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1,645 Research products, page 1 of 165

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  • Canadian Institutes of Health Research

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  • Research data . 2017
    Open Access
    Authors: 
    Mazo, Alexander;
    Project: CIHR

    Original images associated with MOLECULAR-CELL-D-16-01448R2.

  • Open Access
    Authors: 
    Mehdi, Ali; Cheishvili, David; Arakelian, Ani; Bismar, Tarek A.; Szyf, Moshe; Rabbani, Shafaat A.;
    Publisher: figshare
    Project: CIHR

    Additional file 3: Supplementary Table 2. List of the primers used for pyrosequencing and amplicon sequencing (Illumina MiSeq system).

  • English
    Authors: 
    Schatte, G.; Labiuk, S.; Li, B.; Burnett, P.-G.; Reaney, M.; Grochulski, P.; Fodje, M.; Yang, J.; Sammynaiken, R.;
    Publisher: Cambridge Crystallographic Data Centre
    Project: CIHR , NSERC

    An entry from the Cambridge Structural Database, the world’s repository for small molecule crystal structures. The entry contains experimental data from a crystal diffraction study. The deposited dataset for this entry is freely available from the CCDC and typically includes 3D coordinates, cell parameters, space group, experimental conditions and quality measures. Related Article: G.Schatte, S.Labiuk, B.Li, P.-G.Burnett, M.Reaney, P.Grochulski, M.Fodje, J.Yang, R.Sammynaiken|2012|Acta Crystallogr.,Sect.E:Struct.Rep.Online|68|o50|doi:10.1107/S1600536811051488

  • Open Access
    Authors: 
    Guanxiang Liang; Nilusha Malmuthuge; Bao, Hua; Stothard, Paul; Griebel, Philip; Guan, Le;
    Publisher: Figshare
    Project: CIHR , NSERC

    Regionally DE genes list. (XLSX 282Â kb)

  • Open Access
    Authors: 
    Liu, Chengyou; Hogan, Andrew M.; Sturm, Hunter; Khan, Mohd Wasif; Islam, Md. Mohaiminul; Rahman, A. S. M. Zisanur; Davis, Rebecca; Cardona, Silvia T.; Hu, Pingzhao;
    Publisher: figshare
    Project: CIHR

    Additional file 3: Table S2. Annotation of the M. Tuberculosis genes and clusters. M. tuberculosis genes are represented by gene symbols and the protein RefSeq ID and COG category eggNOG.

  • Open Access
    Authors: 
    Hyshka, Elaine; Jalene Anderson-Baron; Kamagaju Karekezi; Belle-Isle, Lynne; Elliott, Richard; Pauly, Bernie; Strike, Carol; Asbridge, Mark; Dell, Colleen; McBride, Keely; +2 more
    Publisher: Figshare
    Project: CIHR

    Provincial and territorial policy documents and indicator scores; table contains all CHARPP indicator scores from 13 provincial and territorial harm reduction policy report cards. (XLSX 57Â kb)

  • Open Access
    Authors:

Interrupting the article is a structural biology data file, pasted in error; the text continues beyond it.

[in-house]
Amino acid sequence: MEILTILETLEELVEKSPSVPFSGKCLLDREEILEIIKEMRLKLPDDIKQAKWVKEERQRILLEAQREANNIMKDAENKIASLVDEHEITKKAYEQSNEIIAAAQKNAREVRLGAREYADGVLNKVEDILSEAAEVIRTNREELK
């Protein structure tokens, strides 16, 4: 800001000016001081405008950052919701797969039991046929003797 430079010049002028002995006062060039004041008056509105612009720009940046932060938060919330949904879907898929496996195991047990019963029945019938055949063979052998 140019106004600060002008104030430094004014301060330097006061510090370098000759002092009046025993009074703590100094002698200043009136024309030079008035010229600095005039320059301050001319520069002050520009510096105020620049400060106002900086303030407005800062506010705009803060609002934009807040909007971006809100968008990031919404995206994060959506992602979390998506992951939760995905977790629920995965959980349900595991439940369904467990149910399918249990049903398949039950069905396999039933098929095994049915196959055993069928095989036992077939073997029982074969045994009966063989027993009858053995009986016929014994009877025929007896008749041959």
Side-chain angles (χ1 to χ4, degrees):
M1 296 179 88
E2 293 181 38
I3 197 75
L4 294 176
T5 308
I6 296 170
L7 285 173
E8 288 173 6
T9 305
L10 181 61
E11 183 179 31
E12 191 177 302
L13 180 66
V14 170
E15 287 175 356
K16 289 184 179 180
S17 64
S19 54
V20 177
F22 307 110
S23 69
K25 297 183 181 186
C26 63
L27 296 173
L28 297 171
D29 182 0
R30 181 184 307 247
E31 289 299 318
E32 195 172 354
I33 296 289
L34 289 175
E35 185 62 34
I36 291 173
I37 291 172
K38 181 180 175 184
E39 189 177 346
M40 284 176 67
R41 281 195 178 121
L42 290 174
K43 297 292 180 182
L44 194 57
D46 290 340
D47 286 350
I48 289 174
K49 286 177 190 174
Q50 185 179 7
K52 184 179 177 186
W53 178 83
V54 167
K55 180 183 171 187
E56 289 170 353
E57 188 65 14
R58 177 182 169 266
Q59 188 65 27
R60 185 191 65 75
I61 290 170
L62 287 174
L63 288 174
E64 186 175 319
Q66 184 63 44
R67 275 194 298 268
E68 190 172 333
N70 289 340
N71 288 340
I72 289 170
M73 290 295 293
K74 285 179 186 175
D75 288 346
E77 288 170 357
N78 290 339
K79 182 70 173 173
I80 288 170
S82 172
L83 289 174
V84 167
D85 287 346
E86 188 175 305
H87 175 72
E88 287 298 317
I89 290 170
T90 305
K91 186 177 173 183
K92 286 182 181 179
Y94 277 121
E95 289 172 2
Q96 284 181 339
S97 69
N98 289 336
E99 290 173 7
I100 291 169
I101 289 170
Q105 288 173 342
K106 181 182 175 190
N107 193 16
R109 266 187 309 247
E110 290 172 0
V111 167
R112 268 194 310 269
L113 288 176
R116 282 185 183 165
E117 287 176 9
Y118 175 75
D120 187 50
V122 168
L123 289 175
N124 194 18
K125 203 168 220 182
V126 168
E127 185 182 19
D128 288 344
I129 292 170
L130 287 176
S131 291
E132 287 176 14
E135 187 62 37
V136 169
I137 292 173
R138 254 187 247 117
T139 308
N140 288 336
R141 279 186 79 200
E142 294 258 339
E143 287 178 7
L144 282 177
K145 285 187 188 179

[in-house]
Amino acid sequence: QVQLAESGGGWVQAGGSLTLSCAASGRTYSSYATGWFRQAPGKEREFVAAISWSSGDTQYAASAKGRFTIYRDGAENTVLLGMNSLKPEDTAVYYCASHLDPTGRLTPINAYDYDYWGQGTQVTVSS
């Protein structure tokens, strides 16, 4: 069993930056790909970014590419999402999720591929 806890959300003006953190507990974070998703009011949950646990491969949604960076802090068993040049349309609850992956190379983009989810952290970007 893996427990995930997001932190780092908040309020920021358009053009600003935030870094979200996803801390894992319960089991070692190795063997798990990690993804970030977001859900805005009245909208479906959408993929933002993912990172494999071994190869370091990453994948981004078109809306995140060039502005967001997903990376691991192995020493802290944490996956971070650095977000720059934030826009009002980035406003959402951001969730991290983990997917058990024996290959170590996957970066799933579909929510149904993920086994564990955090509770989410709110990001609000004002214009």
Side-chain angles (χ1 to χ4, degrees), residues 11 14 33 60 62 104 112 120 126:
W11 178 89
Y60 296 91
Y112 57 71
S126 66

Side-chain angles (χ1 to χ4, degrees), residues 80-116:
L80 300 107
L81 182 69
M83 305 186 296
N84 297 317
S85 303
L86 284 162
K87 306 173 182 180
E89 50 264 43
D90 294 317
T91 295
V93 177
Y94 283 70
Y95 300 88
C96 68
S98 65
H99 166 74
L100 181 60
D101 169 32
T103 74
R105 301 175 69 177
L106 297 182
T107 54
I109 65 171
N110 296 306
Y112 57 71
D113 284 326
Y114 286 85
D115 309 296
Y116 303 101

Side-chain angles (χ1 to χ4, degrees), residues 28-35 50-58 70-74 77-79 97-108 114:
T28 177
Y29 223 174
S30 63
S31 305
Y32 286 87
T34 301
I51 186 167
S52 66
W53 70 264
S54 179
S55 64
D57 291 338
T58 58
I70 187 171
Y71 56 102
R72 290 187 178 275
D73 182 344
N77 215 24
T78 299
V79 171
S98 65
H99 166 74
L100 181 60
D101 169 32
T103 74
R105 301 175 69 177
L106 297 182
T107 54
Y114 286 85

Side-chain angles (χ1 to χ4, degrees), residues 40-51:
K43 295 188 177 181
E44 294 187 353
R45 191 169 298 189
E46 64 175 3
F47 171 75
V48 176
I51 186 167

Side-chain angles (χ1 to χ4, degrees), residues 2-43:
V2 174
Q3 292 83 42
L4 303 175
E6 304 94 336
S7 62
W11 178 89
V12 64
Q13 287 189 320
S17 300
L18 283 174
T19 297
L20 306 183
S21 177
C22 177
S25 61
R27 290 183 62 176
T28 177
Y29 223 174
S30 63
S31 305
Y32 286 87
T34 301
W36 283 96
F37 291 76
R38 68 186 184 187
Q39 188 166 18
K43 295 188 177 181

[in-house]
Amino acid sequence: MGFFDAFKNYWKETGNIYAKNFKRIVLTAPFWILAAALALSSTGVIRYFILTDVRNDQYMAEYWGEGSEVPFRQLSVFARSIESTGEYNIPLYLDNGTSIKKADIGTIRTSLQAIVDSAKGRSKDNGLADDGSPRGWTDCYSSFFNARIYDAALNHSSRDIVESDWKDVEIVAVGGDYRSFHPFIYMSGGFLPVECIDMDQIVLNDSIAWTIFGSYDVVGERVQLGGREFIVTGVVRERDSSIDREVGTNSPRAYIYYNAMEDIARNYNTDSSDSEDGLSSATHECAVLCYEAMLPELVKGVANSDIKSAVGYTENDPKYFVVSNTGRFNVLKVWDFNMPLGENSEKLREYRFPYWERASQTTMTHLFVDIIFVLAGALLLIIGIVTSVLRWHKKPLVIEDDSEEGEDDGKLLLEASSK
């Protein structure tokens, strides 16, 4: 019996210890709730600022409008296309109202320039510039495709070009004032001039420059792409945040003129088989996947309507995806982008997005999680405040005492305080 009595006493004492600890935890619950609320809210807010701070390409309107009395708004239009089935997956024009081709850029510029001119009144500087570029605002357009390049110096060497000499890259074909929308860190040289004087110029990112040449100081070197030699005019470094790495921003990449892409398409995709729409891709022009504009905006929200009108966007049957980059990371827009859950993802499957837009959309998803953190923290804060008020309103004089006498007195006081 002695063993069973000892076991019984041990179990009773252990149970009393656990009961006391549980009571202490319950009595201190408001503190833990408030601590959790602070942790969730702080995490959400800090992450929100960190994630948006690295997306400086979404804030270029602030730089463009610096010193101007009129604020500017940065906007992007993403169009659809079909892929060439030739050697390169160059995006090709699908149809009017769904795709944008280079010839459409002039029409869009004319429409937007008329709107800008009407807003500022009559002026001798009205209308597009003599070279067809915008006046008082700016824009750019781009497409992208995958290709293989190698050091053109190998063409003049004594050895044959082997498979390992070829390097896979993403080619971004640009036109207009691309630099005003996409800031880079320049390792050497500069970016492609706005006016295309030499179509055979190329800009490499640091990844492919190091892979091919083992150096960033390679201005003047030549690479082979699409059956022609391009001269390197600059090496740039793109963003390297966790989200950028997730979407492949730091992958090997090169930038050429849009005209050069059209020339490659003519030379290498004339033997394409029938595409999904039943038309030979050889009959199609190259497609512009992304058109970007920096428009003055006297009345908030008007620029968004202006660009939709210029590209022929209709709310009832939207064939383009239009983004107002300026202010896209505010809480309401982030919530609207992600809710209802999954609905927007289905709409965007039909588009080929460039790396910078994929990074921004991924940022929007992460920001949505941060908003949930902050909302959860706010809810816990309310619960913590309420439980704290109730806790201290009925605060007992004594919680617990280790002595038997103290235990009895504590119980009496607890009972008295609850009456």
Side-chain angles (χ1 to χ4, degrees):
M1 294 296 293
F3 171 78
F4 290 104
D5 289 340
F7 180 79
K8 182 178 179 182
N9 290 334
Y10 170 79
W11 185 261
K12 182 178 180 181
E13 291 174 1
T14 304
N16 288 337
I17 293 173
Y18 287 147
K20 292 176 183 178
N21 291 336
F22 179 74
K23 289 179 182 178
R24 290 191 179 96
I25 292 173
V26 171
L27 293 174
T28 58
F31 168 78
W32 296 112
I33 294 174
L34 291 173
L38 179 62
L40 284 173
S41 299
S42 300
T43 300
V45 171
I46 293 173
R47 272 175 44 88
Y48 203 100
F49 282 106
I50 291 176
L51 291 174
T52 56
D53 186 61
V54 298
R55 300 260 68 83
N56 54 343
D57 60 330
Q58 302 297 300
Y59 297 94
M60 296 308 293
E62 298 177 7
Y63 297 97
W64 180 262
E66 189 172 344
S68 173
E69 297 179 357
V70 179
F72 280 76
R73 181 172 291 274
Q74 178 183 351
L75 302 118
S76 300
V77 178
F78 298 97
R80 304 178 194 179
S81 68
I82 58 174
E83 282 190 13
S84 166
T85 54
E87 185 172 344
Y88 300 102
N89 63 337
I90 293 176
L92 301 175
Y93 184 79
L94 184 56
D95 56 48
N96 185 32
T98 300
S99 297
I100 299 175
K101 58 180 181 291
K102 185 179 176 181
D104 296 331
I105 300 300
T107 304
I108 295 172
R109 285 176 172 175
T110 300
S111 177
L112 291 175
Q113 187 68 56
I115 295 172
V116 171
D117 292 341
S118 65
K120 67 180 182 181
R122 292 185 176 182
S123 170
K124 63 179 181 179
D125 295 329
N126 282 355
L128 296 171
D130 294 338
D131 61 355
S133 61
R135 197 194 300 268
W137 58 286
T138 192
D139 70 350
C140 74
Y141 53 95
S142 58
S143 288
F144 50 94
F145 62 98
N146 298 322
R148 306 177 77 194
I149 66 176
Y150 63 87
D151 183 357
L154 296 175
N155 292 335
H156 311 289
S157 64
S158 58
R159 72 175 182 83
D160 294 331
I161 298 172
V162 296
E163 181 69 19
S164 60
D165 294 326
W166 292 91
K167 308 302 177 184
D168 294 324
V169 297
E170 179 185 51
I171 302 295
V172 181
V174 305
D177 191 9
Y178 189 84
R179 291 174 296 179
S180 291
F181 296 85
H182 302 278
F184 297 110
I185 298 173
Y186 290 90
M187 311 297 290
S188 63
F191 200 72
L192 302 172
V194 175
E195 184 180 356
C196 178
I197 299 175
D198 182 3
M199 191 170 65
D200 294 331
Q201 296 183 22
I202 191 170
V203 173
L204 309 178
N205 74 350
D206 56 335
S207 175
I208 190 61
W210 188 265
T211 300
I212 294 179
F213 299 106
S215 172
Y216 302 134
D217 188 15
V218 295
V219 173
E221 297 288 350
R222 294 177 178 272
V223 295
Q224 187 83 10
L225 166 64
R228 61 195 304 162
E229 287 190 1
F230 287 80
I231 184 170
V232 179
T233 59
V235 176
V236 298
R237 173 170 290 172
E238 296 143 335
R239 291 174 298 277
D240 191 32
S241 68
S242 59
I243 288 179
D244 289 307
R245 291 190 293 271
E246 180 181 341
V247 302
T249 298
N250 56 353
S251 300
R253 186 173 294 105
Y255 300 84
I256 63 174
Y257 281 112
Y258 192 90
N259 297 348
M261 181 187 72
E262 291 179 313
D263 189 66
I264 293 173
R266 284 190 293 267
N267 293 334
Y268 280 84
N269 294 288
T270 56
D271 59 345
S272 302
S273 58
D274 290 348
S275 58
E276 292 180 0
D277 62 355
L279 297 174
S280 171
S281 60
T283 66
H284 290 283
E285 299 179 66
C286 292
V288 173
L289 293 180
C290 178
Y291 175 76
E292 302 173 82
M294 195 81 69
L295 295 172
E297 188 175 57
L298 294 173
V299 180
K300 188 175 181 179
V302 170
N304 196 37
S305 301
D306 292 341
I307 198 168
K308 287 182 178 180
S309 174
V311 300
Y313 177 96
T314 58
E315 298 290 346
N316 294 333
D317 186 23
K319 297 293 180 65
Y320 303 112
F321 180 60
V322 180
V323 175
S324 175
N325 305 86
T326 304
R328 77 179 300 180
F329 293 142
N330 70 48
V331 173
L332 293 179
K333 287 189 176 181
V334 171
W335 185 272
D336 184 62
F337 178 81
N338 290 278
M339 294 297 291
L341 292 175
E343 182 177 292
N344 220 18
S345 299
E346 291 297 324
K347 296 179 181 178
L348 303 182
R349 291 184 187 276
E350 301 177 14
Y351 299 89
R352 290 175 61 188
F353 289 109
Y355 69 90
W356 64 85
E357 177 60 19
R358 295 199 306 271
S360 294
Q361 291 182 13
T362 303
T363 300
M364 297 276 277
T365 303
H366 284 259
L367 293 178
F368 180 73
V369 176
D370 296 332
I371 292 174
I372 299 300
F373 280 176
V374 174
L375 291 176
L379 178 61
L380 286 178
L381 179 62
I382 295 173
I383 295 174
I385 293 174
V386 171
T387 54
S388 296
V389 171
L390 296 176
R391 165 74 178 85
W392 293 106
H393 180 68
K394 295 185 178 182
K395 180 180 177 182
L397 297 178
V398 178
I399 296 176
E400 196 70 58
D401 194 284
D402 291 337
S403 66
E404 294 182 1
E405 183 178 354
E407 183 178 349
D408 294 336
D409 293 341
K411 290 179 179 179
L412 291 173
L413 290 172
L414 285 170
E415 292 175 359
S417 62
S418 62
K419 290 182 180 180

Liu, Feng; Cai, Ping; Imir Metushi; Jinze Li; Nakayawa, Tetsuya; Libia Vega; Uetrecht, Jack;
    Publisher: Taylor & Francis
    Project: CIHR

    Amodiaquine (AQ) is associated with a relatively high incidence of idiosyncratic drug-induced liver injury (IDILI) and agranulocytosis. A previous study reported that a combination of high dose AQ and glutathione (GSH) depletion led to liver injury. However, the characteristics of this toxicity were very different from AQ-induced liver injury in humans. We developed a model of AQ-induced liver injury with characteristics similar to the injury in humans by treating mice with lower doses of AQ for several weeks. In this study we found that not only did GSH depletion not increase AQ covalent binding to hepatic proteins at this lower dose, but also it paradoxically prevented the liver injury. We extended the model to rats and found AQ treatment led to a mild delayed onset liver injury that resolved despite continued treatment with AQ. Immunohistochemistry indicated the presence of Kupffer cell activation, apoptosis and hepatocyte proliferation in the liver. There was also an increase in serum IL-2, IL-5, IL-9, IL-12, MCP-1 and TGFβ, but a decrease in leptin. Coincident with the elevated serum ALT, the number of liver CD4+ T-cells, IL-17 secreting cells and TH17/Treg cells increased at Week 3 and decreased during continued treatment. Increases in NK1.1+ cells and activated M2 macrophages were also observed during liver injury. These results suggest that the outcome of the liver injury was determined by the balance between effector and regulatory cells. Co-treatment with cyclosporin prevented AQ-induced liver injury, which supports an immune mechanism. Retinoic acid (RA), which has been reported to enhance natural killer (NK) cell activity, exacerbated AQ-induced liver injury. These results suggest that AQ-induced IDILI is immune mediated and the subsequent adaptation appears to represent immune tolerance.

  • Authors: